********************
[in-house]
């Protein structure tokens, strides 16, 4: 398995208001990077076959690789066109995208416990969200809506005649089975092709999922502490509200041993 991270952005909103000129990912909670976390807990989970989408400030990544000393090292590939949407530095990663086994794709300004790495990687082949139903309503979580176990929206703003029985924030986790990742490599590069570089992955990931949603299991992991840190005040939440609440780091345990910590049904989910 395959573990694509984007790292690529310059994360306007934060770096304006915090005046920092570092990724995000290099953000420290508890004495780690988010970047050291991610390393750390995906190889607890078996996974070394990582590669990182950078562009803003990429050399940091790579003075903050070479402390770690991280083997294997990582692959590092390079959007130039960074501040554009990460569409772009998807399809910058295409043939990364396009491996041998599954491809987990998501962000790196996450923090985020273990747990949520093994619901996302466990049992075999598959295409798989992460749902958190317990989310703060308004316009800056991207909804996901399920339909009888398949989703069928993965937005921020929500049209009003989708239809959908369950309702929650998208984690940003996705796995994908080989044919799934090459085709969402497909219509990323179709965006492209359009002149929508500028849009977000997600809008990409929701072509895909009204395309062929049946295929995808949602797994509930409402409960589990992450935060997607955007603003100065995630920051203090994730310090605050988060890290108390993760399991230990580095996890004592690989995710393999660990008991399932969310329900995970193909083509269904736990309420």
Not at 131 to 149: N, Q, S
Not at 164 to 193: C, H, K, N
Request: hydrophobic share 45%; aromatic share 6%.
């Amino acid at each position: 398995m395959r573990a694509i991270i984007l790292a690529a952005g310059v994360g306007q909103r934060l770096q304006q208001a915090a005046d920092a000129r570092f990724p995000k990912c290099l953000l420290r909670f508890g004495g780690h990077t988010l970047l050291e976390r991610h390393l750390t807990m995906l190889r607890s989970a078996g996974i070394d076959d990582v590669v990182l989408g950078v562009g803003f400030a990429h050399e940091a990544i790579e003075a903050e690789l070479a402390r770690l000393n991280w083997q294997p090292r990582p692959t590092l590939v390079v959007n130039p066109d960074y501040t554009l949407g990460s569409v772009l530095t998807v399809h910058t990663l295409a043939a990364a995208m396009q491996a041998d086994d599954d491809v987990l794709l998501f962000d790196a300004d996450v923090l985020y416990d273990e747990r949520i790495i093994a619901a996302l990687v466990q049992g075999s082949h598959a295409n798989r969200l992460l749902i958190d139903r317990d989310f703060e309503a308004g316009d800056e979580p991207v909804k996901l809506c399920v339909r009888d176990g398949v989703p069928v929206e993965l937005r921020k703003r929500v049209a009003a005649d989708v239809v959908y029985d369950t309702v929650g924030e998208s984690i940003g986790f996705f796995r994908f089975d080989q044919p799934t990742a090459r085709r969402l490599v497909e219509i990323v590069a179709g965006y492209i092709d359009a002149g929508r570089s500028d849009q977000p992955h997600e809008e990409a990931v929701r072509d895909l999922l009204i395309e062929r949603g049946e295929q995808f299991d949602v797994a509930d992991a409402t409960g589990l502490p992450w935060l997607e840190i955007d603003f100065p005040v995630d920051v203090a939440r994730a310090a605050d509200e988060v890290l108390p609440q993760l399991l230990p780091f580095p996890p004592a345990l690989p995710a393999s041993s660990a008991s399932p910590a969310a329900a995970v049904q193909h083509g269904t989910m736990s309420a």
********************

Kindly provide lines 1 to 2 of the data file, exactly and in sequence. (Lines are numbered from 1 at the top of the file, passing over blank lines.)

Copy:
[in-house]
């Protein structure tokens, strides 16, 4: 398995208001990077076959690789066109995208416990969200809506005649089975092709999922502490509200041993 991270952005909103000129990912909670976390807990989970989408400030990544000393090292590939949407530095990663086994794709300004790495990687082949139903309503979580176990929206703003029985924030986790990742490599590069570089992955990931949603299991992991840190005040939440609440780091345990910590049904989910 395959573990694509984007790292690529310059994360306007934060770096304006915090005046920092570092990724995000290099953000420290508890004495780690988010970047050291991610390393750390995906190889607890078996996974070394990582590669990182950078562009803003990429050399940091790579003075903050070479402390770690991280083997294997990582692959590092390079959007130039960074501040554009990460569409772009998807399809910058295409043939990364396009491996041998599954491809987990998501962000790196996450923090985020273990747990949520093994619901996302466990049992075999598959295409798989992460749902958190317990989310703060308004316009800056991207909804996901399920339909009888398949989703069928993965937005921020929500049209009003989708239809959908369950309702929650998208984690940003996705796995994908080989044919799934090459085709969402497909219509990323179709965006492209359009002149929508500028849009977000997600809008990409929701072509895909009204395309062929049946295929995808949602797994509930409402409960589990992450935060997607955007603003100065995630920051203090994730310090605050988060890290108390993760399991230990580095996890004592690989995710393999660990008991399932969310329900995970193909083509269904736990309420």